When La Cañada Flintridge celebrated Memorial Day on Monday, the flag-bearers wore face masks.
But even after the coronavirus pandemic forced the annual event online, many members of the community volunteered to assist with the tribute to those who have died while serving the military.
And some of the soldiers honored in the 23-minute YouTube video produced by the event organizers were the city’s own.
“It’s an extra special reflection of our community that this event is being held virtually,” Jaynie Studenmund said in the video, which was published late Sunday. Her son Scott, a Flintridge Prep graduate and member of the United States Army Special Forces, was killed by friendly fire in Afghanistan in June 2014. He was 24.
“When you lose someone in a war like that, your heart is forever broken. A piece of your heart is missing. At the same time, there’s tremendous pride in having a son, or others [who] are being recognized here in La Cañada, who was willing to dedicate his life to our nation’s freedoms,” Studenmund said.
Studenmund also thanked Joseph Puglia, chairman of the community Memorial Day Commemoration team and Vietnam War veteran, for organizing the tribute. Other than an appearance at the Memorial Day ceremony in 2015, this was her first time being invited to speak for the event.
Puglia said that, once the city announced it was closing its parks to prevent the spread of COVID-19, he knew this year’s ceremony would look different. While in previous years he required multiple rehearsals to make sure everything went smoothly, he had little control over how the pieces were crafted — though he noted it went smoothly.
He added that he wanted to make sure its meaning was retained — and reflected even in the decorum of the participants.
“The kids who have been part of the team over the years, when I do those rehearsals … I tell them the meaning of Memorial Day and the essence of Memorial Day,” Puglia said in a phone interview. “I say, ‘I want you to put your best uniform on, and if you don’t have a uniform, I want you to put your best clothes on, because you are representing the memory of an American who was killed in action, and you’re doing it for them.’ So, they get it. They really do.”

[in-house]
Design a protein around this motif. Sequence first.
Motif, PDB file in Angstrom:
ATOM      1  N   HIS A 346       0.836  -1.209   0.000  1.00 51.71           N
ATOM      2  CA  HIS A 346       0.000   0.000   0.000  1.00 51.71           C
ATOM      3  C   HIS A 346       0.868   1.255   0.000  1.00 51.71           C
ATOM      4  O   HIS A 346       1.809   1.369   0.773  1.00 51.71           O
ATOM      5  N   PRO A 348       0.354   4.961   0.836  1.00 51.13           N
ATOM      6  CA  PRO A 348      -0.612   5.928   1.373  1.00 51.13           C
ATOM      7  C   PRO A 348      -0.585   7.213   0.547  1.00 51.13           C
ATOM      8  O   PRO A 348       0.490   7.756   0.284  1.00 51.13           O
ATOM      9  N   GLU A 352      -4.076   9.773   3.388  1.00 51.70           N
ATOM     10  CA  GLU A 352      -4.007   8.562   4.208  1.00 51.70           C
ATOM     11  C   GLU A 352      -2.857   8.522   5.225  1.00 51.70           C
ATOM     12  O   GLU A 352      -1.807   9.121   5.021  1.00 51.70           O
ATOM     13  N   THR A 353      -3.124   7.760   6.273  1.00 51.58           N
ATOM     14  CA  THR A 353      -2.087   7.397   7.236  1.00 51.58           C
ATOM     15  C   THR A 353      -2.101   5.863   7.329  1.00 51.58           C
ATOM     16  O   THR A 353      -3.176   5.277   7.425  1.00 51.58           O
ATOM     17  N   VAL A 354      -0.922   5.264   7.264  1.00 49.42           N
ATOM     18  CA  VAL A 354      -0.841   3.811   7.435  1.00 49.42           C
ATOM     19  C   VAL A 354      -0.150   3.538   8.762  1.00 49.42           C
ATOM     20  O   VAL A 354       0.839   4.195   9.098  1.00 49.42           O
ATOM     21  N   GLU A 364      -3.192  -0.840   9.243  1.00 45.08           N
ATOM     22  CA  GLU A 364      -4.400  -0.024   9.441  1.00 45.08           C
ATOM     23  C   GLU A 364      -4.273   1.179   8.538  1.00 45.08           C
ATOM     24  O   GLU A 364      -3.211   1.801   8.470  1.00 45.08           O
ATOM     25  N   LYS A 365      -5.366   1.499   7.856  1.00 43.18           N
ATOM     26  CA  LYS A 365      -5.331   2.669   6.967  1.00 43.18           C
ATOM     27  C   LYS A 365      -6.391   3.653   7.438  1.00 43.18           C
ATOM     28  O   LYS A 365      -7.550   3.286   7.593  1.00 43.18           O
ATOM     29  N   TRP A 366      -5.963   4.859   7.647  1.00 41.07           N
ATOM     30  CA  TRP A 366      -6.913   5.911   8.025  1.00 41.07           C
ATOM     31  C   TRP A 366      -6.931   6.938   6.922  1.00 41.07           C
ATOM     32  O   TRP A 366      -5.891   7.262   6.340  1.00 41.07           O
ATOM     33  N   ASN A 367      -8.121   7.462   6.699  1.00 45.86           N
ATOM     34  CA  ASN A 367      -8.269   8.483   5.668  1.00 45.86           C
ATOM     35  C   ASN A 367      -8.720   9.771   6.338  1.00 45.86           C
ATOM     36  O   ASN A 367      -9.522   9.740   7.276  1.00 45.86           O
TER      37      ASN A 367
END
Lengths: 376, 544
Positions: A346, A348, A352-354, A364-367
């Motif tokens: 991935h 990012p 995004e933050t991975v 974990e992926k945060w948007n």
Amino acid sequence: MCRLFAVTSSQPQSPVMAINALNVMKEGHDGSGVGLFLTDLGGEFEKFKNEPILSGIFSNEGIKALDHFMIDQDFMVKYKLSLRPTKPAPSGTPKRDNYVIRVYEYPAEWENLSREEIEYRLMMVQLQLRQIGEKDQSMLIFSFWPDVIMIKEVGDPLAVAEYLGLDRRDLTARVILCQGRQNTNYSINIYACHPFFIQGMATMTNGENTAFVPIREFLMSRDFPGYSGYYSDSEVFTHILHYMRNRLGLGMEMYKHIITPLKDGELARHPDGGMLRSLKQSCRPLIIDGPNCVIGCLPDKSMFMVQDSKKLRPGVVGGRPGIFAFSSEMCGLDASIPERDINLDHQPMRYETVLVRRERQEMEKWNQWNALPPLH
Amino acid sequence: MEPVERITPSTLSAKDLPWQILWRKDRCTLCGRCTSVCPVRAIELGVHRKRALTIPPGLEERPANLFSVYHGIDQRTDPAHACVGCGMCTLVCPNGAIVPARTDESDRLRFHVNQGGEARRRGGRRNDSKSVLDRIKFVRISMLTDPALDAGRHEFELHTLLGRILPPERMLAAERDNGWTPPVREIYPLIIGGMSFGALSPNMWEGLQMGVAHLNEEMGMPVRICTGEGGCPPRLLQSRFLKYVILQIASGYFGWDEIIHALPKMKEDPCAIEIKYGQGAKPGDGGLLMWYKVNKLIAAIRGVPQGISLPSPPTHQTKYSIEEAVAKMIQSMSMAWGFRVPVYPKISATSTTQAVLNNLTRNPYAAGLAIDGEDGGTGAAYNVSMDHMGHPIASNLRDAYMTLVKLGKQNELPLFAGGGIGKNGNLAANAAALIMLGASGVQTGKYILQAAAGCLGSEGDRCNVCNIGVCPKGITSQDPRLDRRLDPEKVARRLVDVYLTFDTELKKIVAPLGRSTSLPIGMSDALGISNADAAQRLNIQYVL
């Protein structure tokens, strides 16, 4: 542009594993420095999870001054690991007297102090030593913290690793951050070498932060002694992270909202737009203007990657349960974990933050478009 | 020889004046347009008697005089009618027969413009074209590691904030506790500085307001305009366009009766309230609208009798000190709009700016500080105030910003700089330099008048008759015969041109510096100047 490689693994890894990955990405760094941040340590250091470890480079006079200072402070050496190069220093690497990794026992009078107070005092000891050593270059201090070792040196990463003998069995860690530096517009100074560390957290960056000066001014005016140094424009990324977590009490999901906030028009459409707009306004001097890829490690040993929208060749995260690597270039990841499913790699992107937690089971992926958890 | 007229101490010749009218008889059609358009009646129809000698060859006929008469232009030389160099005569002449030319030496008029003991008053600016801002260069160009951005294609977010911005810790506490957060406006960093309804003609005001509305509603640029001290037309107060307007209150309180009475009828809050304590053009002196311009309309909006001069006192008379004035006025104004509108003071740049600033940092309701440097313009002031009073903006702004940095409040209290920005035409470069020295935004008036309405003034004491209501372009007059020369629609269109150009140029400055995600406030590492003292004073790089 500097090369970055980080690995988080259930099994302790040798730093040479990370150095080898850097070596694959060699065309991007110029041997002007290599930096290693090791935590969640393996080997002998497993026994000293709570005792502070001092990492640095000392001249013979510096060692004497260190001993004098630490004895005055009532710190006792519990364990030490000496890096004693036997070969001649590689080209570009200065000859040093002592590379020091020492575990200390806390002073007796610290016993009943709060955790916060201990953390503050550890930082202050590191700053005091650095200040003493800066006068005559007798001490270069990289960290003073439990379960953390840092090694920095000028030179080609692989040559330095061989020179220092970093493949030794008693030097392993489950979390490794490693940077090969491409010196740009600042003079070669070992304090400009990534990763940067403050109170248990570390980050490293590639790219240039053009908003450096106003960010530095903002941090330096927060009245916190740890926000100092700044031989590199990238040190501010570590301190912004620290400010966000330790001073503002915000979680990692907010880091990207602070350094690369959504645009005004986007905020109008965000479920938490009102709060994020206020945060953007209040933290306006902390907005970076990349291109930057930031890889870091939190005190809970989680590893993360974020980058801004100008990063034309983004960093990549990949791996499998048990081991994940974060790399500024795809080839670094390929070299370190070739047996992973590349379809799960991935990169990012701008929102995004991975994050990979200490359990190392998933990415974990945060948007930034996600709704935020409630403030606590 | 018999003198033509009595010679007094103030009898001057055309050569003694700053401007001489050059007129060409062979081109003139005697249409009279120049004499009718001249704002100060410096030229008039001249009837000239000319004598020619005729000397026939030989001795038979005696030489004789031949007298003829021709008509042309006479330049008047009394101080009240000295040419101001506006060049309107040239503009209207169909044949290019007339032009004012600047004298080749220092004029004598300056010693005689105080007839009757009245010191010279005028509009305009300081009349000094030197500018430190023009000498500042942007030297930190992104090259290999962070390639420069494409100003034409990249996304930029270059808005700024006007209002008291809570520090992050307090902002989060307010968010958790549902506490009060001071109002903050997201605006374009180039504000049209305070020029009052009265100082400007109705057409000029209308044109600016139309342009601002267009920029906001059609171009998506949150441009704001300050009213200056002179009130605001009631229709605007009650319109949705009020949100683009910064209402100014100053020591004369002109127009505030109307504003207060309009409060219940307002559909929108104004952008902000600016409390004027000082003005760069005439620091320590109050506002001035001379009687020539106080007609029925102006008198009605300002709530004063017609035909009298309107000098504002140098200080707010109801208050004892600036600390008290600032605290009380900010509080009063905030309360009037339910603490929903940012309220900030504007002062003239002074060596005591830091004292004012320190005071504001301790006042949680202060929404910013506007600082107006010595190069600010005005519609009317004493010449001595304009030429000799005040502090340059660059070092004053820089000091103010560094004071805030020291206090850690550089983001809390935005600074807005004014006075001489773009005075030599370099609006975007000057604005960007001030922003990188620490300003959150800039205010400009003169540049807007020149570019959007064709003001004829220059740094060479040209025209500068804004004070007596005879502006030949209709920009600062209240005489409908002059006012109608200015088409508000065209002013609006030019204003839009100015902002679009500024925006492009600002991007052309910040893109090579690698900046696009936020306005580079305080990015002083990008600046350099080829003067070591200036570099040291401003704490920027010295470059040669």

Besides the addresses given by Studenmund and Marshall, the Memorial Day video was largely produced by LCF youth. Many of them had been involved in previous iterations of the event.
The returning participants included Tournament of Roses 2020 Court member Emilie Risha, who read “Dirge for Two Veterans” by Walt Whitman. David and Steven Miketta accompanied John Moore — all Eagle Scouts — for the flag ceremony at Memorial Park, hanging the standard at half-mast where the event is normally held.
Maggie MacKenzie also sang “The Star-Spangled Banner” and “Danny Boy,” as she has at previous Memorial Day events.
The video was capped by a rendition of “Taps,” played by Henry Vaughn, and a slideshow of soldiers who were killed in action. Some were from LCF, Puglia said, while others were from a broader community. Some of the faces were of soldiers he knew personally.
The video also included the reading of names of soldiers from LCF who were killed in various wars, from WWI to Afghanistan. Scott Studenmund was the only name listed under the latter war.
On Memorial Day, his family received dozens of texts, emails and phone calls from people wanting to check in with them, Jaynie said. She explained that the period from Mother’s Day to Memorial Day to the June anniversary of when he died is an emotional time for the family, but that she and her husband, Woody, spent Monday reflecting on her son and others.
“I was really honored [to be a part of the event], and I believe that part of my role as a Gold Star mother is to make sure that we do everything possible to honor my son and the others who selflessly have given their lives,” she said by phone.
Scott was an ardent reader with an incredible athletic talent, playing football for Pomona College, she said. When he left college to join the Army in January 2014, Jaynie said he told his friends at Flintridge Prep something that he himself followed: “Please do something that matters.”
“He didn’t want anybody to necessarily go and be in Special Forces,” she explained. “He wanted to see people give back.”